Hiring your first employee is a rewarding milestone for any limited company director – it means that your business is expanding and the hard work you’ve been doing is paying off. Before you storm ahead and find yourself buried under a pile of CVs, here are a few things you will need to consider about the journey.

Before you start hiring

First of all, it may be helpful to establish the following:

  • Do you want to hire a permanent employee or a fellow contractor?
  • Do you need someone to work full or part time?
  • What level of expertise do you need?

Finding the right candidate

Finding the right candidate is crucial for your small business, so you should have a clear understanding about what you’re looking for before you begin searching for talent.

Start by creating a clear job description outlining exactly the skills and experience you’re looking for from the offset. Using job boards can be a costly process but it’s important that you find the right talent. You could also consider enlisting the help of a recruiter who will guide you through the process.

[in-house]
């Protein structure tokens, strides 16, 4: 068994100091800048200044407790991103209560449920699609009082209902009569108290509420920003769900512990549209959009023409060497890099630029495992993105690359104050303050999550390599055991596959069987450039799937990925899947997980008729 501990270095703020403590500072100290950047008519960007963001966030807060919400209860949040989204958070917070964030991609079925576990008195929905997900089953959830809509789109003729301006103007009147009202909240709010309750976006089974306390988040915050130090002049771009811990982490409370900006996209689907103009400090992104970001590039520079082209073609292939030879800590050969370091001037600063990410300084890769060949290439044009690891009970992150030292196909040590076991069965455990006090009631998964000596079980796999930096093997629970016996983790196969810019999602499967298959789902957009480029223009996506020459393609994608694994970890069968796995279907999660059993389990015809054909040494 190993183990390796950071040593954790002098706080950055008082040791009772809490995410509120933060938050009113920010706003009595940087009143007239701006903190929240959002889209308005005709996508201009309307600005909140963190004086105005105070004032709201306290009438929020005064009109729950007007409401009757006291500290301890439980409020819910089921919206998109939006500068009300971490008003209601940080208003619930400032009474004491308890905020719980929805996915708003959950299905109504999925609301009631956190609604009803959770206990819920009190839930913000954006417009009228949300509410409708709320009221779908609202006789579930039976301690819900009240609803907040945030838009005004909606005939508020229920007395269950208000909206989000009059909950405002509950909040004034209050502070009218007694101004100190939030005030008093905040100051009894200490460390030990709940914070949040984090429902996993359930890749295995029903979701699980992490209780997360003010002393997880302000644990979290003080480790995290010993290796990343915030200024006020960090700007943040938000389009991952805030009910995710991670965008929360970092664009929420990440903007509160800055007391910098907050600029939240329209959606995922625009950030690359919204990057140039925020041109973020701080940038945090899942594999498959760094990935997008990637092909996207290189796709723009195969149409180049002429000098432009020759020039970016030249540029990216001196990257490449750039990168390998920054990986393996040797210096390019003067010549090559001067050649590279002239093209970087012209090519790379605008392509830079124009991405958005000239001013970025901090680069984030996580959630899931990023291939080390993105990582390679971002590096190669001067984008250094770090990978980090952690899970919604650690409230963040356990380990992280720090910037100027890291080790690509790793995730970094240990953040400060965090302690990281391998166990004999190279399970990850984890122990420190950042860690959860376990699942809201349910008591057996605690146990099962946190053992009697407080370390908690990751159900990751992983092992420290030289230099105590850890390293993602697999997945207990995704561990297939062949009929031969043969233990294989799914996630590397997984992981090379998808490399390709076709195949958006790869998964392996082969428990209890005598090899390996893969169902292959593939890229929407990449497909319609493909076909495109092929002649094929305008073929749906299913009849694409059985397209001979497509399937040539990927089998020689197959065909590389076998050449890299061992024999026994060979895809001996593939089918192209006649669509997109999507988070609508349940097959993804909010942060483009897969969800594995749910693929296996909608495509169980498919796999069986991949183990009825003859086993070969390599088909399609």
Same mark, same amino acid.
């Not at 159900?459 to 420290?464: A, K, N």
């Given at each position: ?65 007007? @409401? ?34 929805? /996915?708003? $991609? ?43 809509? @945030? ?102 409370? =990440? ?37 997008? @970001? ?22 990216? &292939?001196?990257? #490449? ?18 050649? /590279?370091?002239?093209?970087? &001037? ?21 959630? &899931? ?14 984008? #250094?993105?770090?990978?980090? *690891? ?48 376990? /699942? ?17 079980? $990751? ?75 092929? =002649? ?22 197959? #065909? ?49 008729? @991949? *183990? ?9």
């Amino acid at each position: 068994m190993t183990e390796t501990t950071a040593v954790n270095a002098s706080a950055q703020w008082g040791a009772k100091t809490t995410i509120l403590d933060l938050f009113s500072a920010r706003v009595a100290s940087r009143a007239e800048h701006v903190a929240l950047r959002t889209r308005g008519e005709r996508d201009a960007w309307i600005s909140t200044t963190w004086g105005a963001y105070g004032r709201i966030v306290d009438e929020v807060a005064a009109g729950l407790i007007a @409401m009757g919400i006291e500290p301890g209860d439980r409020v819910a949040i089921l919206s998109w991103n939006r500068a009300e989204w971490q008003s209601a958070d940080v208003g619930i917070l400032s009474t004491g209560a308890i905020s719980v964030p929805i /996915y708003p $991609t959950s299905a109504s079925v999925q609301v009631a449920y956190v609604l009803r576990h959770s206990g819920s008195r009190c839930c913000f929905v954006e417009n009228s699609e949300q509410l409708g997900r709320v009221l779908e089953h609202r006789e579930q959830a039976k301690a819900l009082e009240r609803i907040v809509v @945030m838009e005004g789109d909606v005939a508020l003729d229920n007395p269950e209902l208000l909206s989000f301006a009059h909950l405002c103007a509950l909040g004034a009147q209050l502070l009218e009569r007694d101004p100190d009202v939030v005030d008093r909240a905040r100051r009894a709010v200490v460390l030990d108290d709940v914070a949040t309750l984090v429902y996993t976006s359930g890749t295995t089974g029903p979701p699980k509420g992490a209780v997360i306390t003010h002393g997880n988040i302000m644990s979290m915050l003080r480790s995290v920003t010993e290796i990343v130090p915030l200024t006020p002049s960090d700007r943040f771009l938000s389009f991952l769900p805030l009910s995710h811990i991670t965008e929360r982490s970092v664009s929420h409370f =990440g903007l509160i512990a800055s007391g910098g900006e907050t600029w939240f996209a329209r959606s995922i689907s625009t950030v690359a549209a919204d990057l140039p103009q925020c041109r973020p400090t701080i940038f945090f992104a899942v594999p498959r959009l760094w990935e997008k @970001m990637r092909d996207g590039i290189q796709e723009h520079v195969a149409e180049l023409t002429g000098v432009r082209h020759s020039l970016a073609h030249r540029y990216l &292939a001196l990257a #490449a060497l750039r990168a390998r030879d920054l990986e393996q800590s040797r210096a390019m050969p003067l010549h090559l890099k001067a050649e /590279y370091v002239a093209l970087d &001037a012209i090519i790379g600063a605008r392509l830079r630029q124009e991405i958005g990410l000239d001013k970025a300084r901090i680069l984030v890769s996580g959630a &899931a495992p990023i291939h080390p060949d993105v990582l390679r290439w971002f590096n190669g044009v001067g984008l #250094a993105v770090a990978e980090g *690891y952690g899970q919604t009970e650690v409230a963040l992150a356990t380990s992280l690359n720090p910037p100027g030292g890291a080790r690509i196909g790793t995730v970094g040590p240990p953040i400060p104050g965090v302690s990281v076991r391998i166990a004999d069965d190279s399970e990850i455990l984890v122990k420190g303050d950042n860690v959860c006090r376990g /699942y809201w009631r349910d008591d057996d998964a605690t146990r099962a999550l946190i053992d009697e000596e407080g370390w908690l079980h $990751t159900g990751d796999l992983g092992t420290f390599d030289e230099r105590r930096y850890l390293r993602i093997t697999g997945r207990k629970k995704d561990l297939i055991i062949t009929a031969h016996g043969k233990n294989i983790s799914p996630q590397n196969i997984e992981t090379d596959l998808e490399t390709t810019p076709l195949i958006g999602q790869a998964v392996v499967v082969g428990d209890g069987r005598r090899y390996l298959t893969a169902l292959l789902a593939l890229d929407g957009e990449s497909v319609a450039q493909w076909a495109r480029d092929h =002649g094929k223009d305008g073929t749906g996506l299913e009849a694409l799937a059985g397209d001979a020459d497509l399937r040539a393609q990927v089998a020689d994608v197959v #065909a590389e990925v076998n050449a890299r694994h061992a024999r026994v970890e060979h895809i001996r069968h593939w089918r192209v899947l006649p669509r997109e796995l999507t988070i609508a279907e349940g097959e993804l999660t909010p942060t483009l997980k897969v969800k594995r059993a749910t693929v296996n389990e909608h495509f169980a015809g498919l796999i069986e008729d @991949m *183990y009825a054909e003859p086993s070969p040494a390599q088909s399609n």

Take care of the legal bits

As the employer, your new member of staff will become your responsibility. If anything happens to their health and wellbeing whilst they’re at work, you could find yourself in hot water. You must have a minimum of £5 million in employer’s liability insurance before you begin to hire employees. 

Pay your new employee

What you decide to pay your employee will depend on your funds and the level of skill required, but you must pay the National Minimum Wage as a minimum.

Before you can pay your new employee, you will need to register with HMRC as an employer – this can be done at least 4 weeks beforehand. You will also be required to pay National Insurance contributions on their behalf and deduct any tax before you pay their wages.

Help from Nixon Williams

Wherever you are in your career, we’ll take care of your finances so you can focus on what matters – your company. You can find more about what’s on offer from Nixon Williams here.